“Toto, I’ve a feeling we’re not in Kansas anymore”
Dorothy in the Wizard of Oz
Federal politicians attending the meeting of the Federation of Canadian Municipalities (FCM) in Vancouver last weekend might be forgiven for feeling a little like Dorothy in the Wizard of Oz.
For years the FCM conference had been the place where prime ministers and wannabe prime ministers came to lavish mayors and their cities, towns and villages with promises of federal programs and federal dollars.
It was also the place for the heaping of praise and gratitude on prime and other ministers for delivering on said promises.
On rare occasions, like Paul Martin’s 2002 New Deal speech, some of them spoke of fixing a broken system that was keeping Canadian cities at the back of the global pack. But the expectation seemed to be that the really good applause line would always be about the money.
Political handlers and speechwriters in Ottawa must have been scrambling when they received advance copies last week of an FCM report that emphatically states that it’s really not about the money.
In fact, the FCM report, titled The State of Canada’s Cities and Communities 2013, suggests that Ottawa’s chequebook fixation is really what’s wrong with the system.
The report says that until the federal government owns up to this and starts measuring success not by how many dollars it spends but by how many problems it fixes, Canada’s cities—and by extension the country–will continue to struggle.
Coming from an organization and a sector that over the last decade has arguably been the most successful in advocating for more federal spending this can seem a little odd if not downright ungrateful.
It’s actually gutsy, smart and important. Let’s look at why.
It’s important because FCM’s report forces us to look behind the curtain and take the full measure of the Great Oz that is how Ottawa decides.
While the report pulls its punches somewhat and avoids detailed critiques of federal programs aimed at cities, it does paint a picture of a system built around short-term considerations and lubricated by political expediency.
And this should matter to all Canadians, particularly those who care how their tax dollars are spent.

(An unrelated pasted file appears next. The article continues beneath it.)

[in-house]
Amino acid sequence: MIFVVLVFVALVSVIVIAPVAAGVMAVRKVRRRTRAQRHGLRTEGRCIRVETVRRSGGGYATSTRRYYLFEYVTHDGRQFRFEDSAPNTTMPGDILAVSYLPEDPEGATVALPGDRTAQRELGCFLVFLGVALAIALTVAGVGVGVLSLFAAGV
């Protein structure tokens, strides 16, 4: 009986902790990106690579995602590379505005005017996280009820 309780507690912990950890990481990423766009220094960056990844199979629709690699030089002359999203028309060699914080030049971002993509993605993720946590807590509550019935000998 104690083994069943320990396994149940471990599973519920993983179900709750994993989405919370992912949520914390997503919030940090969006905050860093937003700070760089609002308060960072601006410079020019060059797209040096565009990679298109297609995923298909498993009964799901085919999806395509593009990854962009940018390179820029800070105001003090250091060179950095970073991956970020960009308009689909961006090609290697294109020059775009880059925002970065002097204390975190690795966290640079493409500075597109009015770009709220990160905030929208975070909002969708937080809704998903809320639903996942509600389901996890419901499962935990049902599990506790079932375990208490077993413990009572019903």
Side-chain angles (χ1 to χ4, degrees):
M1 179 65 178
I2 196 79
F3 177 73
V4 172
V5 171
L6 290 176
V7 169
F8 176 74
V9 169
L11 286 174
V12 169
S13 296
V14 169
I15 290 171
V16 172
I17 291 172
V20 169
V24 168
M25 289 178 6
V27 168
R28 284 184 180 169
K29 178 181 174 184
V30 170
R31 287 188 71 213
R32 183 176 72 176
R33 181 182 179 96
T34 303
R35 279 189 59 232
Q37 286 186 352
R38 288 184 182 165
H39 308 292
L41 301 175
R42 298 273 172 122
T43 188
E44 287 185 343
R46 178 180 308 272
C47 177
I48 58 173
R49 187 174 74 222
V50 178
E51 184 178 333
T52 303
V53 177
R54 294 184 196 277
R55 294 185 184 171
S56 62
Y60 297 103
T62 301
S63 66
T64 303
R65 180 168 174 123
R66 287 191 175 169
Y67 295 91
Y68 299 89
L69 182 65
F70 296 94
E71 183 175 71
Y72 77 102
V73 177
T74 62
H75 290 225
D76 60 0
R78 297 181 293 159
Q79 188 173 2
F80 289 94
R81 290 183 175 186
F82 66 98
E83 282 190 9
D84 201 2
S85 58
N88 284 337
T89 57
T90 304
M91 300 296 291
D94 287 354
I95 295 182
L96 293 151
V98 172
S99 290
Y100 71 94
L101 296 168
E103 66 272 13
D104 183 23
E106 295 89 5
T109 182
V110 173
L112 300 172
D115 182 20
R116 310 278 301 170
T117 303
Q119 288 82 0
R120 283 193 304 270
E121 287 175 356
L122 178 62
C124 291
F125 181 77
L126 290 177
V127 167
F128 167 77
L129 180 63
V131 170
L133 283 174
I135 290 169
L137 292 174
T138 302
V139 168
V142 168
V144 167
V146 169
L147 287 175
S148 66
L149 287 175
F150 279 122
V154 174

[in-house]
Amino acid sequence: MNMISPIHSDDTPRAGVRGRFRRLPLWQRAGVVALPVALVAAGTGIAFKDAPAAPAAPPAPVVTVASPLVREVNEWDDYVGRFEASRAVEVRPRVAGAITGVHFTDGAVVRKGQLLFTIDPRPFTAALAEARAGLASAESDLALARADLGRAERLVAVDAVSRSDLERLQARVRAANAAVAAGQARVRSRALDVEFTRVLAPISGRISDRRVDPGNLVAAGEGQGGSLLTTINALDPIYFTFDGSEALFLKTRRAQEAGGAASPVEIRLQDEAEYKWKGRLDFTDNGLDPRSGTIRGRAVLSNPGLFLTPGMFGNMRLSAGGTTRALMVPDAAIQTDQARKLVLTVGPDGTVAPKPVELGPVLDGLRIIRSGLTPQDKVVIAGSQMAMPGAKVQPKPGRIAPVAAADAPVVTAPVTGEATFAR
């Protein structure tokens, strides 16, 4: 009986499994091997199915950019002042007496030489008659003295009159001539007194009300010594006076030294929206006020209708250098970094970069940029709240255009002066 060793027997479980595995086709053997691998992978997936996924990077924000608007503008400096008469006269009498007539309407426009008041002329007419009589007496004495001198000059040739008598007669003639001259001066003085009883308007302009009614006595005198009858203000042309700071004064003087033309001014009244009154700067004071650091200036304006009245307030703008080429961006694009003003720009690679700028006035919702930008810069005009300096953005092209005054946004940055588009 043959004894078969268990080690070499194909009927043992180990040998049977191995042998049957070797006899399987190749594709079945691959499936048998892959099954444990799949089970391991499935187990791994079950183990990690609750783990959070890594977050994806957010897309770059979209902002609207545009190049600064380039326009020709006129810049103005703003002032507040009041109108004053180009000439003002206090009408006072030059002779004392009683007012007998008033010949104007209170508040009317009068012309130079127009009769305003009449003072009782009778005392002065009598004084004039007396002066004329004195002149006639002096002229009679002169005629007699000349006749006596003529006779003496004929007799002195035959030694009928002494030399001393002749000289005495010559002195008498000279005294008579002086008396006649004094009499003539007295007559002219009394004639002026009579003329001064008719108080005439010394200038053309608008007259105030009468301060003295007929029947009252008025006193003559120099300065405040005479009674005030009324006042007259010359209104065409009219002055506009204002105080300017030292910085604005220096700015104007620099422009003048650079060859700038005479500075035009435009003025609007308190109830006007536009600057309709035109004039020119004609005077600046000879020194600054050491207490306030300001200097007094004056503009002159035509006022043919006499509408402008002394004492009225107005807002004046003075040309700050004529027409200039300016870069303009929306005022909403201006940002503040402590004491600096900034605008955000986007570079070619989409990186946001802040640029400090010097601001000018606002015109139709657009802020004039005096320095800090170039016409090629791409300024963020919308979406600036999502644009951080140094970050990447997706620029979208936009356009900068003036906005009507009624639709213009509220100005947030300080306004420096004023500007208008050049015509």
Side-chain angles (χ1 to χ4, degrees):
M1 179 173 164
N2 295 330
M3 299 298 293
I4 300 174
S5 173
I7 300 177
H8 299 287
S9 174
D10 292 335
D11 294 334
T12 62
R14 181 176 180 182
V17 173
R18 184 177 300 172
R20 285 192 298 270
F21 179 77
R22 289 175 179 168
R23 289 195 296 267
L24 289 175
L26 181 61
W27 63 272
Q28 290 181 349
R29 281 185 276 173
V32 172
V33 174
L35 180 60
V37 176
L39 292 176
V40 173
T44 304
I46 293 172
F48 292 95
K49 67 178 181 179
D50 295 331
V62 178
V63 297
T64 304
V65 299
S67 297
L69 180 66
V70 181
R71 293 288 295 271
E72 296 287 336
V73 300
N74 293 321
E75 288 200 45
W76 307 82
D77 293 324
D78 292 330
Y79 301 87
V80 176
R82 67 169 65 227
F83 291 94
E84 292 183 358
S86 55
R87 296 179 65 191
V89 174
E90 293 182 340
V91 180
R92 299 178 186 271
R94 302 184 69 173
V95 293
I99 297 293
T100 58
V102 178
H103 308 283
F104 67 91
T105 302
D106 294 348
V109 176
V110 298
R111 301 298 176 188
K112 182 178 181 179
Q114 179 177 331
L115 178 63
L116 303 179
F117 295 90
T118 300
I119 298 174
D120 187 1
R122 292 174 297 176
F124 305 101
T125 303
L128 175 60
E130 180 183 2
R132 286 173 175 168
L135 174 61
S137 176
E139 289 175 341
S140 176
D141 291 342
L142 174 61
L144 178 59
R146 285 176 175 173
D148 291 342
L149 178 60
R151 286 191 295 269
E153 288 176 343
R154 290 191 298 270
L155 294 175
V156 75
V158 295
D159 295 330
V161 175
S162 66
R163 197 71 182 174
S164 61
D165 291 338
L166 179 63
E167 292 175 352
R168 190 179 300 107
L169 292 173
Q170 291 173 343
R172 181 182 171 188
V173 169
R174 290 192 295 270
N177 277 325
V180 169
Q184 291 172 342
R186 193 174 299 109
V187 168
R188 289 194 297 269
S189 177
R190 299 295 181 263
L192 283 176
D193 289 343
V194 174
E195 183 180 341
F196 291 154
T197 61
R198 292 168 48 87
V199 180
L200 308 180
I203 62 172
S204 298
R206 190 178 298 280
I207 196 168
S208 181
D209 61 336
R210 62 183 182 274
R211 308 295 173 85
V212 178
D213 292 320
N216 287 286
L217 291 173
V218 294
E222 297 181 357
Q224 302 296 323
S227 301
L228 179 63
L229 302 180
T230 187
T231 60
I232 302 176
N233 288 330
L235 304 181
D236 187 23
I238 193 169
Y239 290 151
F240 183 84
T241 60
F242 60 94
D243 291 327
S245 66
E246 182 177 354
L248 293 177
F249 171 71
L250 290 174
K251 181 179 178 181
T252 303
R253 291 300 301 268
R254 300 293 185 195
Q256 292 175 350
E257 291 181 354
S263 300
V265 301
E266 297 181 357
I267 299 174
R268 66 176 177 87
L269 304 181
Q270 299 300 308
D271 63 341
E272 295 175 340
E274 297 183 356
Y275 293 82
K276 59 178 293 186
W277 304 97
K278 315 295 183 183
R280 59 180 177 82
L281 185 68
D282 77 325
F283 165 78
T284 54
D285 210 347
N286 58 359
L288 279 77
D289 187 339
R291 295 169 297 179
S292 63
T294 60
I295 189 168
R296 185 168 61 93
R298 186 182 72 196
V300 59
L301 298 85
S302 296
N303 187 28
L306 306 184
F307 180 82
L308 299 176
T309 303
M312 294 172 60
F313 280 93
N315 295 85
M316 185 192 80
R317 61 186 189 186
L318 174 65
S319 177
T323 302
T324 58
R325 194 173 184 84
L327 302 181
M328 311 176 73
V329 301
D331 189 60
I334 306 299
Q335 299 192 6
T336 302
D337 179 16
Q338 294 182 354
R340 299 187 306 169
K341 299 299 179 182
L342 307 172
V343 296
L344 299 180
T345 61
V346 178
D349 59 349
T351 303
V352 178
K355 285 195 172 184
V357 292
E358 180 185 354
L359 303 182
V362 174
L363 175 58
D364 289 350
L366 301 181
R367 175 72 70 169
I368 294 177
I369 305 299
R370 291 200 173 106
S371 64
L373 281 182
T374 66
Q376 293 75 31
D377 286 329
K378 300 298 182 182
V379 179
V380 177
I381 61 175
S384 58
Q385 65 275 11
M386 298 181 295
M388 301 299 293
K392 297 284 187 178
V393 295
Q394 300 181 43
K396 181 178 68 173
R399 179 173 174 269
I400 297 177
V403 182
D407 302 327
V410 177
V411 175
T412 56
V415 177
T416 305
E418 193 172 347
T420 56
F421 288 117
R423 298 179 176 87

It’s also smart.
FCM is careful—and rightly so–not to point fingers at any one government or political party.
At the root of the problem is not pandemic venality but a 21st century political relationship governed by a 19th century Constitution.
Under our Constitution, the federal government has no direct role vis-à-vis local governments, but this has not kept it from using its spending power to intervene in municipal affairs, particularly in the area of infrastructure funding.
It’s not surprising. After all investing in roads, bridges, wastewater systems and even bocce courts gives even the most fiscally conservative MP something tangible to write about in their householder.
It’s great to talk about trade deals and fighter jets and tough on crime policies, but when you want to explain to your constituents what it is exactly you do for them, it’s nice to be able to point to something with three dimensions from time to time.
Let’s not kid ourselves, therein lies the political appeal of the federal-municipal relationship.
But while the announcement of a 10-year funding program in the last federal budget will keep MPs well stocked with ribbons to cut and signs to post for at least two election cycles, it would put FCM’s advocacy caravan on blocks for a decade. Unless, that is, FCM opened another front in the federal-municipal relationship—which its report does.
But most of all, the report is gutsy.
It would have been easy for FCM to sugar coat its analysis to spare federal sensitivities. There will no doubt be some gnashing of teeth in more than a few federal offices, but the gentler, kinder version federal officials would have preferred would also have missed the mark.
The report names the problem: An outdated system that gives governments cover for short-term, politically motivated policies and inaction in the face of growing cross-jurisdictional policy challenges
Worse, the report says the current system helps create the illusion of action through the proliferation of boutique federal programs that provide visibility but little in the form of accountability.
So what’s the answer?
Rightly, FCM rejects any talk of opening up the constitution. It tried that in the early 90’s and it was a dead end.
Instead, it calls for a clear federal policy and accountability framework to govern federal programs in this area.
In practical terms, it would mean that federal policies would come with a clear expression of the federal interest, measurable outcomes and an incentive to design programs that actually do what they’re supposed to do.
It sounds simple, but achieving it won’t be.
Judging by the speeches delivered by federal politicians at the FCM conference, it will take time for them to digest what the cities’ new agenda means for them and their respective narratives.
FCM invited us to peek behind the curtain. It’s challenge is now keeping it open.